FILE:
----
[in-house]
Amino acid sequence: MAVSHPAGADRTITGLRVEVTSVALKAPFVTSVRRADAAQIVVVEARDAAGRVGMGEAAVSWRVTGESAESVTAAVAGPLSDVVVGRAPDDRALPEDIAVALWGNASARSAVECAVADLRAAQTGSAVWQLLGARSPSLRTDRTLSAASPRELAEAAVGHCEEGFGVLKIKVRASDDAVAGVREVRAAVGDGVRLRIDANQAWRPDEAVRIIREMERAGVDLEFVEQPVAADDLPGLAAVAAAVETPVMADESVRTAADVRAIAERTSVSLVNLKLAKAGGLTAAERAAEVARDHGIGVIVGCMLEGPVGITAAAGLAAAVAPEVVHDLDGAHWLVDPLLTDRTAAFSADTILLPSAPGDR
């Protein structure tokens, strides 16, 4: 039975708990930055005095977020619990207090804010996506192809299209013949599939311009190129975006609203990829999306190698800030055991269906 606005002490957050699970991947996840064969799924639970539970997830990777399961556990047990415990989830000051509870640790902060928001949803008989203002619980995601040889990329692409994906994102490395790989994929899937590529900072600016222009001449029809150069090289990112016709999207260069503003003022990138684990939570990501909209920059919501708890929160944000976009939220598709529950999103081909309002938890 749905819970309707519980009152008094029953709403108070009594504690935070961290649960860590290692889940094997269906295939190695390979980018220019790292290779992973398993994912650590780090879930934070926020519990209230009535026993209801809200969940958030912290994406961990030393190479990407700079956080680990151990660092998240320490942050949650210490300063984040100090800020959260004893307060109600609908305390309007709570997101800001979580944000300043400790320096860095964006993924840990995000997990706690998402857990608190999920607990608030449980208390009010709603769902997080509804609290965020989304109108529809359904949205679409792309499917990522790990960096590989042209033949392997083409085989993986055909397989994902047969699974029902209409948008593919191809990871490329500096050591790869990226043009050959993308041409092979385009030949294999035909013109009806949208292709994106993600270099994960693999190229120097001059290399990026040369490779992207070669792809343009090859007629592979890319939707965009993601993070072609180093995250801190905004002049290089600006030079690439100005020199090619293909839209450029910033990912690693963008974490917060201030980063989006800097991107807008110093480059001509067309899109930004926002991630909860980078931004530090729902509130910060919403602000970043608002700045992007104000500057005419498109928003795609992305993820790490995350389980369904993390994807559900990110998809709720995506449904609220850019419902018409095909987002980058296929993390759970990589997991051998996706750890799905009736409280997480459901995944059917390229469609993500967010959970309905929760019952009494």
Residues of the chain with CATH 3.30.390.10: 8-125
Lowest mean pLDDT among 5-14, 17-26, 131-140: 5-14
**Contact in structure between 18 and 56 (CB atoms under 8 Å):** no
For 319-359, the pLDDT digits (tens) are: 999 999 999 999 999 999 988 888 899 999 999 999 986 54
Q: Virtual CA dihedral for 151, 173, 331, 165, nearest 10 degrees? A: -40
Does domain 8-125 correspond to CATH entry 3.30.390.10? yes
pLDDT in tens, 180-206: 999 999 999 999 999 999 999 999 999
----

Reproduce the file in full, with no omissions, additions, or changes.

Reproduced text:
[in-house]
Amino acid sequence: MAVSHPAGADRTITGLRVEVTSVALKAPFVTSVRRADAAQIVVVEARDAAGRVGMGEAAVSWRVTGESAESVTAAVAGPLSDVVVGRAPDDRALPEDIAVALWGNASARSAVECAVADLRAAQTGSAVWQLLGARSPSLRTDRTLSAASPRELAEAAVGHCEEGFGVLKIKVRASDDAVAGVREVRAAVGDGVRLRIDANQAWRPDEAVRIIREMERAGVDLEFVEQPVAADDLPGLAAVAAAVETPVMADESVRTAADVRAIAERTSVSLVNLKLAKAGGLTAAERAAEVARDHGIGVIVGCMLEGPVGITAAAGLAAAVAPEVVHDLDGAHWLVDPLLTDRTAAFSADTILLPSAPGDR
């Protein structure tokens, strides 16, 4: 039975708990930055005095977020619990207090804010996506192809299209013949599939311009190129975006609203990829999306190698800030055991269906 606005002490957050699970991947996840064969799924639970539970997830990777399961556990047990415990989830000051509870640790902060928001949803008989203002619980995601040889990329692409994906994102490395790989994929899937590529900072600016222009001449029809150069090289990112016709999207260069503003003022990138684990939570990501909209920059919501708890929160944000976009939220598709529950999103081909309002938890 749905819970309707519980009152008094029953709403108070009594504690935070961290649960860590290692889940094997269906295939190695390979980018220019790292290779992973398993994912650590780090879930934070926020519990209230009535026993209801809200969940958030912290994406961990030393190479990407700079956080680990151990660092998240320490942050949650210490300063984040100090800020959260004893307060109600609908305390309007709570997101800001979580944000300043400790320096860095964006993924840990995000997990706690998402857990608190999920607990608030449980208390009010709603769902997080509804609290965020989304109108529809359904949205679409792309499917990522790990960096590989042209033949392997083409085989993986055909397989994902047969699974029902209409948008593919191809990871490329500096050591790869990226043009050959993308041409092979385009030949294999035909013109009806949208292709994106993600270099994960693999190229120097001059290399990026040369490779992207070669792809343009090859007629592979890319939707965009993601993070072609180093995250801190905004002049290089600006030079690439100005020199090619293909839209450029910033990912690693963008974490917060201030980063989006800097991107807008110093480059001509067309899109930004926002991630909860980078931004530090729902509130910060919403602000970043608002700045992007104000500057005419498109928003795609992305993820790490995350389980369904993390994807559900990110998809709720995506449904609220850019419902018409095909987002980058296929993390759970990589997991051998996706750890799905009736409280997480459901995944059917390229469609993500967010959970309905929760019952009494």
Residues of the chain with CATH 3.30.390.10: 8-125
Lowest mean pLDDT among 5-14, 17-26, 131-140: 5-14
**Contact in structure between 18 and 56 (CB atoms under 8 Å):** no
For 319-359, the pLDDT digits (tens) are: 999 999 999 999 999 999 988 888 899 999 999 999 986 54
Q: Virtual CA dihedral for 151, 173, 331, 165, nearest 10 degrees? A: -40
Does domain 8-125 correspond to CATH entry 3.30.390.10? yes
pLDDT in tens, 180-206: 999 999 999 999 999 999 999 999 999